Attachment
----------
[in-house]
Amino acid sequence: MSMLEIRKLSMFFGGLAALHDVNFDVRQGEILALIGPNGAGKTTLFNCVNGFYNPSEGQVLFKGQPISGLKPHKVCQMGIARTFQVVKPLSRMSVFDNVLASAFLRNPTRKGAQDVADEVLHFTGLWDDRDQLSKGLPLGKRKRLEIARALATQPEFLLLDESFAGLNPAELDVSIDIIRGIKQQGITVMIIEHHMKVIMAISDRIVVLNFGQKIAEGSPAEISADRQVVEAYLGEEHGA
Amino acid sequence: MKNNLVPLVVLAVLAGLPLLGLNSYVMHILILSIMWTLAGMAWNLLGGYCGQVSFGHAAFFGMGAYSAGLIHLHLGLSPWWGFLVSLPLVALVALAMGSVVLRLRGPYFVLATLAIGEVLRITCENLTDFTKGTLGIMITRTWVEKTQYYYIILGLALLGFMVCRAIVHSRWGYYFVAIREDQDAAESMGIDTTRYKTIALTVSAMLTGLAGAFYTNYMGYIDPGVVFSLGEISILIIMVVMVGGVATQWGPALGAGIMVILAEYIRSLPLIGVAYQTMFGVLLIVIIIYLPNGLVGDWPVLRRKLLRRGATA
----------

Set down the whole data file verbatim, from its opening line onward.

[in-house]
Amino acid sequence: MSMLEIRKLSMFFGGLAALHDVNFDVRQGEILALIGPNGAGKTTLFNCVNGFYNPSEGQVLFKGQPISGLKPHKVCQMGIARTFQVVKPLSRMSVFDNVLASAFLRNPTRKGAQDVADEVLHFTGLWDDRDQLSKGLPLGKRKRLEIARALATQPEFLLLDESFAGLNPAELDVSIDIIRGIKQQGITVMIIEHHMKVIMAISDRIVVLNFGQKIAEGSPAEISADRQVVEAYLGEEHGA
Amino acid sequence: MKNNLVPLVVLAVLAGLPLLGLNSYVMHILILSIMWTLAGMAWNLLGGYCGQVSFGHAAFFGMGAYSAGLIHLHLGLSPWWGFLVSLPLVALVALAMGSVVLRLRGPYFVLATLAIGEVLRITCENLTDFTKGTLGIMITRTWVEKTQYYYIILGLALLGFMVCRAIVHSRWGYYFVAIREDQDAAESMGIDTTRYKTIALTVSAMLTGLAGAFYTNYMGYIDPGVVFSLGEISILIIMVVMVGGVATQWGPALGAGIMVILAEYIRSLPLIGVAYQTMFGVLLIVIIIYLPNGLVGDWPVLRRKLLRRGATA